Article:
Smoking in the Workplace

Laura Morrison Addiction, Employment, Substances

Today, 8th March 2017, is No Smoking Day, an annual campaign designed to help those who want to quit reduce or stop smoking altogether and raise awareness of support resources available. The campaign is supported by NHS, and many employers, and has ran since 1983, originally on Ash Wednesday as Quit for the Day.

As experts in Workplace Behavioural Health, we recognise that people smoking can be a concern for employers as they seek to improve employee wellbeing and ensure health and safety for all staff in line with legislation.

Those who smoke whether frequently or occasionally often do so to alleviate anxiety, to “feel better” and “reduce stress” using a highly addictive stimulant that is going to cause long term health damage and actually raise blood pressure and heart rate, which is then compounded by ongoing cravings for nicotine.

The law now places responsibilities on employers to prevent smoking in company buildings and vehicles by clearly displayed signs, and smoking rooms once found in every workplace are a distant relic of the past. Both employee and employer can be fined for any breaches, and some workplaces have clear policies which can lead to disciplinary action.

So how can we support colleagues to give up?

If you are an employer, a great place to start is with a policy on smoking, as this makes your stance and attitude clear to employees. You may also want to consider;

1) what support you’ll give to employees who want to quit;

2) whether workplace factors are contributing to your employees smoking, eg role models, culture, deadlines and exposure to stress and health and safety risk;

3) putting in place campaigns and tools to help employees manage their environment and stress in a healthy way;

4) building health and wellness into your reward and engagement strategy;

Whilst employers can encourage healthy behavioural change, the choice is always ultimately with the individual.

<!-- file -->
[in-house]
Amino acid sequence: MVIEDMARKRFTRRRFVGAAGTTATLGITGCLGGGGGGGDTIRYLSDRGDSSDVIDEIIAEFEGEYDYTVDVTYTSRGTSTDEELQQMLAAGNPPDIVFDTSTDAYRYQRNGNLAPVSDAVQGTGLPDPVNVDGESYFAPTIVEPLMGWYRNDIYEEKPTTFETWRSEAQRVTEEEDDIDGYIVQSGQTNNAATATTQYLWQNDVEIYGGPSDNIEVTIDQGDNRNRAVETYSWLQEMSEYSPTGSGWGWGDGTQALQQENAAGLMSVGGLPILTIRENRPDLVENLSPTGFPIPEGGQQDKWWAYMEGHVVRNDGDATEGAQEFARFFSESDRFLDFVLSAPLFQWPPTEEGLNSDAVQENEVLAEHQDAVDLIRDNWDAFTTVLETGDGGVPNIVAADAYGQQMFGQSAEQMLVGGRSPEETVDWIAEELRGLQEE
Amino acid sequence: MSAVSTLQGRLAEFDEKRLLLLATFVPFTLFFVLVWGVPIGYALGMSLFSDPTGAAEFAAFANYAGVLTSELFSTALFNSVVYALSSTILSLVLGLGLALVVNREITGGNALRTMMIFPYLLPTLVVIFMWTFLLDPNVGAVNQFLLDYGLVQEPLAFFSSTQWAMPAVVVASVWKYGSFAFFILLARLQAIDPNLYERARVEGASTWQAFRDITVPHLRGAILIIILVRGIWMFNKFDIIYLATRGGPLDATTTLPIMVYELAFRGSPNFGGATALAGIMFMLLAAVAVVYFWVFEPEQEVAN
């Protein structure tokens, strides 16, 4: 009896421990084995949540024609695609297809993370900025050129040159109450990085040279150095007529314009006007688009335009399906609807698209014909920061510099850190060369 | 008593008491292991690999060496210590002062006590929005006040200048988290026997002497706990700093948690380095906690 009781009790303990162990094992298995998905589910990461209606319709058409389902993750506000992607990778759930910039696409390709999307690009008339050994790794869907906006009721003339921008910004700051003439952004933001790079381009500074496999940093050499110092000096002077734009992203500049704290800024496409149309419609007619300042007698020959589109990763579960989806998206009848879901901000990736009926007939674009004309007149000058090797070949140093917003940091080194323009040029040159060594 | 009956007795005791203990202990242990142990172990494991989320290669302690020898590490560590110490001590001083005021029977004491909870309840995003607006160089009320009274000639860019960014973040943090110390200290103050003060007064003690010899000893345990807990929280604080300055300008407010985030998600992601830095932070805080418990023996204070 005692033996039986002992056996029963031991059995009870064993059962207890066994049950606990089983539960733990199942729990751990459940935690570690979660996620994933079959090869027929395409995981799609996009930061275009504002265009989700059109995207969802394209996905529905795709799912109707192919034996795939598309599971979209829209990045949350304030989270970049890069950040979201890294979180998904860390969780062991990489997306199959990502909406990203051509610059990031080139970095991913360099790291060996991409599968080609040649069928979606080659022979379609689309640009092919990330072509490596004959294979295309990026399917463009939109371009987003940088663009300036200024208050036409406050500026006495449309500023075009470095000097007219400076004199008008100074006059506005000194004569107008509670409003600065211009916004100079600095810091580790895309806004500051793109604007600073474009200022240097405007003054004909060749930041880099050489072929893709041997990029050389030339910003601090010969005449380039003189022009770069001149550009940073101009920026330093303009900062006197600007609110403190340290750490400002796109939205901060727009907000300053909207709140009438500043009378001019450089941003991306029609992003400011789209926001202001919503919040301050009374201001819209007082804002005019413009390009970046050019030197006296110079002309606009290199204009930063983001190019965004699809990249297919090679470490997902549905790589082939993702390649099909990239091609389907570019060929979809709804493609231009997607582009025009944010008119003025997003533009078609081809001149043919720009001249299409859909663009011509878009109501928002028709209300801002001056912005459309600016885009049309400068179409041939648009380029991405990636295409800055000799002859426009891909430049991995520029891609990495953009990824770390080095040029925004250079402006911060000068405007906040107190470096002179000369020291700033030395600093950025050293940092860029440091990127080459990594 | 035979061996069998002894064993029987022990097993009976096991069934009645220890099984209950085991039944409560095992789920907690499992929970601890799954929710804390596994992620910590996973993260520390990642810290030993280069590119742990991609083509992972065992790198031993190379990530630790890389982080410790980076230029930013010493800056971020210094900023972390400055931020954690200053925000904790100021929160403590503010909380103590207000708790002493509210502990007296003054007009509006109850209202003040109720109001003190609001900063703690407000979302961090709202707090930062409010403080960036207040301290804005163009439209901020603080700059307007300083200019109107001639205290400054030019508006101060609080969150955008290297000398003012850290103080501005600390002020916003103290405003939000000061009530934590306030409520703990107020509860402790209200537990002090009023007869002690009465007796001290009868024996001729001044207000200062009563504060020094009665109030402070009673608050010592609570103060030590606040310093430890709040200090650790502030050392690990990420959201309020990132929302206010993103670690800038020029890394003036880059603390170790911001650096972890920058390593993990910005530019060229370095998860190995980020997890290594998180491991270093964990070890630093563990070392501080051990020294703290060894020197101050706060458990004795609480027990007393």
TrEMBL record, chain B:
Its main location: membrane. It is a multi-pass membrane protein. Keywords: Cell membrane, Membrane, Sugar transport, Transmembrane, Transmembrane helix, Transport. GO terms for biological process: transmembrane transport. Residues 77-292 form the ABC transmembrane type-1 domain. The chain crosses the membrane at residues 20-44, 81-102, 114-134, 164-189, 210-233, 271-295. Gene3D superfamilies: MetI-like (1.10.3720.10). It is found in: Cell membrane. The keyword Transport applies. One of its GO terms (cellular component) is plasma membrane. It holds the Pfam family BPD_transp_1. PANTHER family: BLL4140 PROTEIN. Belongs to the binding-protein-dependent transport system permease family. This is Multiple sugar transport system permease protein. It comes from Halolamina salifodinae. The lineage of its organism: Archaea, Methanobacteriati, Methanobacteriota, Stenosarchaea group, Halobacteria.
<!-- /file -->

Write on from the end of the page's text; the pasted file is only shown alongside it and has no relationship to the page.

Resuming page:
Equipping your managers with the ability to listen and take a “whole-life” approach can create a culture where employees have the confidence to share what may be causing them stress both inside and outside of work, so that any plan by the employee to reduce harmful behaviour such as smoking can be supported.

This may be seen as a progressive approach, and take time and investment to implement, however it’s one that can change a culture and reap benefits in employee satisfaction and productivity, not to mention minimising long term health risks such as COPD, asthma, heart disease, cancers and other illnesses triggered by smoking or passive smoking.

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Our primary purpose is to help organisations understand behavioural health conditions and guide their employees to a place of management, recovery and happiness, whilst supporting their business outcomes. With the right training, support and intervention, Salutem Health help your people and your organisation to flourish together.

For any enquiries regarding Behavioural Health policies, training, workshops and bespoke programmes for your organisation, please contact the Salutem Health team directly on 0207 9932060 or email – all enquiries will be dealt with in strict confidence.